Sunday, April 20, 2008

It may not be perfect...

Our educational system has often generated mediocrity except for gifted athletes. From kindergarten, children are bombarded with pressures that urge them to modify their behavior and intellectual development toward the average of the group. Gifted children throughout our society may be trapped in an intellectual wasteland - a world that can be cruel to the gifted (Garfield, 1980).

-Webb, Meckstroth, and Tolan. "Guiding the Gifted Child: A Practical Source for Parents and Teachers."

I get very tired reading screeds against homeschooling because almost always, the person who is opposed to homeschooling ignores two very important things about public schools: (1) all except the most progressive public schools cannot or will not meet the educational needs of advanced children, and (2) the "socialization" that is present in public schools can be very harmful to the emotional well-being of gifted children.

If you bring up these points, the response to (1) is that gifted children will get along fine. They ignore the fact that gifted children will very often spend 50% of their time in school waiting for the other kids to catch up. They learn not to be challenged. The notion that children should always be with their same-age peers overrides the notion that these children have advanced intellectual needs and can feel like they're starving while waiting for something challenging.

The response to (2) is usually something that it is the gifted child who is "screwed up" and needs to learn to get along with other kids. It is completely ignored that school is the only place in the world where someone is forced to sit in a classroom with people of their same age but who may otherwise have nothing in common. It is also ignored that such a system is very intolerant of differences.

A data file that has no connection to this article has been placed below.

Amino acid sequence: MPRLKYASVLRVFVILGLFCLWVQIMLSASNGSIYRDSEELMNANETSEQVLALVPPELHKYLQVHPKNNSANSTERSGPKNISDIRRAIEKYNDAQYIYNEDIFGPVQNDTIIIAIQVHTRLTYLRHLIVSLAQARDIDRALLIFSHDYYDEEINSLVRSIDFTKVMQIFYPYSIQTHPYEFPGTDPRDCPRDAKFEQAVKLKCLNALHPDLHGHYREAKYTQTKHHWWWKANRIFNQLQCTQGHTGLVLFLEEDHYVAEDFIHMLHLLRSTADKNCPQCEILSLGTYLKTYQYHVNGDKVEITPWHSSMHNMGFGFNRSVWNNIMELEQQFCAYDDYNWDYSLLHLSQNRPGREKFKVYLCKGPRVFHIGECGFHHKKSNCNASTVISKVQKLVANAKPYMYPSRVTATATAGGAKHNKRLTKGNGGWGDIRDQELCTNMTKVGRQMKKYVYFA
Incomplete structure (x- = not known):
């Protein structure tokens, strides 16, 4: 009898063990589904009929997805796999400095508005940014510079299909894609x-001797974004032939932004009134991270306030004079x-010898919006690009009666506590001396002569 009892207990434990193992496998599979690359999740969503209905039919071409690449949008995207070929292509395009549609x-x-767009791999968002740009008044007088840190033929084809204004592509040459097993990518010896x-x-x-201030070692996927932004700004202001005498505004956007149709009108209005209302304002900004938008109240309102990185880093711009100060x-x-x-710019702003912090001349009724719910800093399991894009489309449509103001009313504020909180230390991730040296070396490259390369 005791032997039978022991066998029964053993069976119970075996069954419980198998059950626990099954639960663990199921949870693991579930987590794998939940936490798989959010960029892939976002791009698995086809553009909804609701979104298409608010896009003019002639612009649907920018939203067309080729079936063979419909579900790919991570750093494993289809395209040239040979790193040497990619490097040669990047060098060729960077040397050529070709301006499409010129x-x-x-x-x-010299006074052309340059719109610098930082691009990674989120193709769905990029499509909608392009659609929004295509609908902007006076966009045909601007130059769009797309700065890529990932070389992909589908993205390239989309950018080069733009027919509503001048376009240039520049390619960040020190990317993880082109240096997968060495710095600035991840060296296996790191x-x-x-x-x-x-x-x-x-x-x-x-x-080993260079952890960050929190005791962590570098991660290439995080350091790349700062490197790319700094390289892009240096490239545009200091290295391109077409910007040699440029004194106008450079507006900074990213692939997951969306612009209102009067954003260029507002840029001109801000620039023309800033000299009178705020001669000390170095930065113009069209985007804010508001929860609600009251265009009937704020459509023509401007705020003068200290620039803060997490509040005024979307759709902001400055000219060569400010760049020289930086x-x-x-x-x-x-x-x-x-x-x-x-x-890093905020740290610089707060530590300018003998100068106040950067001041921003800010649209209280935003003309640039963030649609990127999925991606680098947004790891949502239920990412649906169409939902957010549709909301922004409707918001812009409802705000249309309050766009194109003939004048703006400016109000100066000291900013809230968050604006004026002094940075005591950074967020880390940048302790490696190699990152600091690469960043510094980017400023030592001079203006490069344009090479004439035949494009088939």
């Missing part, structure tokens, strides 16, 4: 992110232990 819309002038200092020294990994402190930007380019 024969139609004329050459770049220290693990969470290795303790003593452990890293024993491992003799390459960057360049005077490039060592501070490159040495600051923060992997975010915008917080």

The emotional repercussions of such a system are horrible. Gifted children, at the very least, never learn how to put forth effort. When they finally do encounter a challenge (usually in college), they may have to deal with a lot of frustration. Some of this frustration can actually cause them to quit college. Never having been challenged can make them feel like they are stupid and can't cut it.

At the other end, you could have anger. In the book, "Misdiagnosis and Dual Diagnosis of Gifted Children," they discuss the prevalence of gifted students among students who have been the perpetrators of school shootings. These children are teased and harassed to the point of wanting to take other people's lives. Fortunately those that get this angry are relatively rare, but the consequences are, quite literally, deadly if the anger becomes too much.

What is most frustrating is that the people opposed to homeschooling do not provide alternatives for children with these needs. (They also ignore that some of these issues affect even non-gifted children.) They just say that the public school isn't perfect but it is certainly better than homeschooling. I wonder if they would feel any differently if it were their children going through these kinds of problems.

Carnival of Homeschooling


Rebeccat said...